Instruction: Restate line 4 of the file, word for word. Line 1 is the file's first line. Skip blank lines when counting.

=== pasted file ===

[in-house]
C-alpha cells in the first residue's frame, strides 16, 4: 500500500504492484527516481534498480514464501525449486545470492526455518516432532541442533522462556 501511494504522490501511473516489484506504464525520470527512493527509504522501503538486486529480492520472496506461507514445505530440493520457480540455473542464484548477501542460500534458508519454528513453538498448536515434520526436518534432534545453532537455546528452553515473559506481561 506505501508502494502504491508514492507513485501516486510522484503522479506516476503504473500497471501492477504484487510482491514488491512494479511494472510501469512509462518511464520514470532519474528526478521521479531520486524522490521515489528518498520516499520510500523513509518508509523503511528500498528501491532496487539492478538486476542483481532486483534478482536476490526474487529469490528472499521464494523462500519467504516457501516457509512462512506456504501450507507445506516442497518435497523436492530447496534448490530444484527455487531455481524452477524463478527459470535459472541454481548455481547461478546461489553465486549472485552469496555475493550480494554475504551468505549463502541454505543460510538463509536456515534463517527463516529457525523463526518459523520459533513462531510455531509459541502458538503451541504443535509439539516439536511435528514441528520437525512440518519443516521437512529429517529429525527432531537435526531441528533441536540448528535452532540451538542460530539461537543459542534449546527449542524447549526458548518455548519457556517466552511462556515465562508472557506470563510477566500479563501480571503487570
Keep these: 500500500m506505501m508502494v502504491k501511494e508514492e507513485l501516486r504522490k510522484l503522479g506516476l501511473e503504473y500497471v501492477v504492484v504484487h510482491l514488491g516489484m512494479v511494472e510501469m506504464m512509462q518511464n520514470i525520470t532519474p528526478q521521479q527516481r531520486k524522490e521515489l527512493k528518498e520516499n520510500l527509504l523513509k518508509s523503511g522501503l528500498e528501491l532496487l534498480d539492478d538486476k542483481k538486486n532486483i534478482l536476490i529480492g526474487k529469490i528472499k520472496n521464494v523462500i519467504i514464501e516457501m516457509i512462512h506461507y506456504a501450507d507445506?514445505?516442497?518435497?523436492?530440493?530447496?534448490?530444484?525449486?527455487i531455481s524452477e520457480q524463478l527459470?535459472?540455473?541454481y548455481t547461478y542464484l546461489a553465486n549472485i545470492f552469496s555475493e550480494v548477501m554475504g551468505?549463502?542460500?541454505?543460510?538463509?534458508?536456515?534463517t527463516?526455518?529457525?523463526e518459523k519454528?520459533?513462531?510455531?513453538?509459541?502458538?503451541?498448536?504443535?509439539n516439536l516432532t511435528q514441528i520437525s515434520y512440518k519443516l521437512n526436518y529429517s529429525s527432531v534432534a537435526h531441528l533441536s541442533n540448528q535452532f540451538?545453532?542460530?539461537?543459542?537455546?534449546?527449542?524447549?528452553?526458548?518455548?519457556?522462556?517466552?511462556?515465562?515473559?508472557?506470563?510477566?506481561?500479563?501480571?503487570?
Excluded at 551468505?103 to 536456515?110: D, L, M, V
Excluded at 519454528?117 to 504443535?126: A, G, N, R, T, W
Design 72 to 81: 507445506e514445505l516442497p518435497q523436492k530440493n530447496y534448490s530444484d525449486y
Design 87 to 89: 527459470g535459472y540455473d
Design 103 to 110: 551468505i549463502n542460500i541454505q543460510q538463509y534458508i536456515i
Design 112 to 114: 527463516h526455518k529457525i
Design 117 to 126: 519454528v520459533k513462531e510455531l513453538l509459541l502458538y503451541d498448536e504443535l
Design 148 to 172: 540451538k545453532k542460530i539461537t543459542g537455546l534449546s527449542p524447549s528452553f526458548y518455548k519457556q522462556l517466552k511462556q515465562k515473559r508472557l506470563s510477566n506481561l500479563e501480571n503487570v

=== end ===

Excluded at 551468505?103 to 536456515?110: D, L, M, V